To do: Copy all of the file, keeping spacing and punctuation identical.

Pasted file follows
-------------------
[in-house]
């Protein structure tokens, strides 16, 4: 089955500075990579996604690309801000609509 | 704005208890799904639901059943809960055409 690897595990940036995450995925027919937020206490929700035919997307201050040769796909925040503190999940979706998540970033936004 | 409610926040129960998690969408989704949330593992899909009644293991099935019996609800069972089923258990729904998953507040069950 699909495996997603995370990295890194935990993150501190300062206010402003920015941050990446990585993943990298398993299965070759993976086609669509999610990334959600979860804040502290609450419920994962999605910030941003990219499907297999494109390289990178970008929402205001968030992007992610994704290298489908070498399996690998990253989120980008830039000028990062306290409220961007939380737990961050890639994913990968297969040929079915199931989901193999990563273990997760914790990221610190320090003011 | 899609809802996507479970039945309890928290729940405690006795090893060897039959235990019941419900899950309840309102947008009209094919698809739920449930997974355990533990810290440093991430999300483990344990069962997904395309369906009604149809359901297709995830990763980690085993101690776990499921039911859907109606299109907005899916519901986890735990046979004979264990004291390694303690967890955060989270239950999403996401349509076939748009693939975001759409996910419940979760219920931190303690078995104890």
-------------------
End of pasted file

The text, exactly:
[in-house]
């Protein structure tokens, strides 16, 4: 089955500075990579996604690309801000609509 | 704005208890799904639901059943809960055409 690897595990940036995450995925027919937020206490929700035919997307201050040769796909925040503190999940979706998540970033936004 | 409610926040129960998690969408989704949330593992899909009644293991099935019996609800069972089923258990729904998953507040069950 699909495996997603995370990295890194935990993150501190300062206010402003920015941050990446990585993943990298398993299965070759993976086609669509999610990334959600979860804040502290609450419920994962999605910030941003990219499907297999494109390289990178970008929402205001968030992007992610994704290298489908070498399996690998990253989120980008830039000028990062306290409220961007939380737990961050890639994913990968297969040929079915199931989901193999990563273990997760914790990221610190320090003011 | 899609809802996507479970039945309890928290729940405690006795090893060897039959235990019941419900899950309840309102947008009209094919698809739920449930997974355990533990810290440093991430999300483990344990069962997904395309369906009604149809359901297709995830990763980690085993101690776990499921039911859907109606299109907005899916519901986890735990046979004979264990004291390694303690967890955060989270239950999403996401349509076939748009693939975001759409996910419940979760219920931190303690078995104890």